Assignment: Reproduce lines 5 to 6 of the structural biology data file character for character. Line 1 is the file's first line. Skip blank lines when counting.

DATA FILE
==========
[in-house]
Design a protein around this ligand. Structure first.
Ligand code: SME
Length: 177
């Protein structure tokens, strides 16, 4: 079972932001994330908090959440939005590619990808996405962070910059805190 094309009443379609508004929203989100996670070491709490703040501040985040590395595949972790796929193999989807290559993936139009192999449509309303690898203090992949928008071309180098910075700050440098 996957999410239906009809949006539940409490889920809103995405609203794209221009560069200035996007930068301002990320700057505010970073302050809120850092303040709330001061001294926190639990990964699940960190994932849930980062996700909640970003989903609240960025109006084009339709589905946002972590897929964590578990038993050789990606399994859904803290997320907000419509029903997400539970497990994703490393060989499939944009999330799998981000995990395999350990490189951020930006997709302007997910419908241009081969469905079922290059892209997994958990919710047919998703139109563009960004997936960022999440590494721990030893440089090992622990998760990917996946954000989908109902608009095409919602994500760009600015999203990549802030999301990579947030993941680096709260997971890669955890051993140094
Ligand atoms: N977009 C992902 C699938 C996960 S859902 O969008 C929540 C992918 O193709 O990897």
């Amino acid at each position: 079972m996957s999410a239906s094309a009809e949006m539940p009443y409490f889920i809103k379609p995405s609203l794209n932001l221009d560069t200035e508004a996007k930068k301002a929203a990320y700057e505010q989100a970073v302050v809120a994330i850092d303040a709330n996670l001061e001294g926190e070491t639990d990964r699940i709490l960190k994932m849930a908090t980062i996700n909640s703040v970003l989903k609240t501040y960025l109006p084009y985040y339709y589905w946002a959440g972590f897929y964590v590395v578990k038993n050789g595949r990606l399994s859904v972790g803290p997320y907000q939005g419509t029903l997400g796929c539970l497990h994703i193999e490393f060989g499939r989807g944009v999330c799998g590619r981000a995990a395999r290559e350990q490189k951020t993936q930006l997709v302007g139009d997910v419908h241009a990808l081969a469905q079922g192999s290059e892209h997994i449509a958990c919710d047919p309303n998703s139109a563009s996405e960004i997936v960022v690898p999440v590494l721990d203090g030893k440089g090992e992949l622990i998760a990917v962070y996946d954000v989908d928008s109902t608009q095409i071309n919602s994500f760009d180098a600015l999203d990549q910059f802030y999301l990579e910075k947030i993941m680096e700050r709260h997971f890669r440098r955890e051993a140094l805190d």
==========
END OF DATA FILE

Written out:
């Protein structure tokens, strides 16, 4: 079972932001994330908090959440939005590619990808996405962070910059805190 094309009443379609508004929203989100996670070491709490703040501040985040590395595949972790796929193999989807290559993936139009192999449509309303690898203090992949928008071309180098910075700050440098 996957999410239906009809949006539940409490889920809103995405609203794209221009560069200035996007930068301002990320700057505010970073302050809120850092303040709330001061001294926190639990990964699940960190994932849930980062996700909640970003989903609240960025109006084009339709589905946002972590897929964590578990038993050789990606399994859904803290997320907000419509029903997400539970497990994703490393060989499939944009999330799998981000995990395999350990490189951020930006997709302007997910419908241009081969469905079922290059892209997994958990919710047919998703139109563009960004997936960022999440590494721990030893440089090992622990998760990917996946954000989908109902608009095409919602994500760009600015999203990549802030999301990579947030993941680096709260997971890669955890051993140094
Ligand atoms: N977009 C992902 C699938 C996960 S859902 O969008 C929540 C992918 O193709 O990897």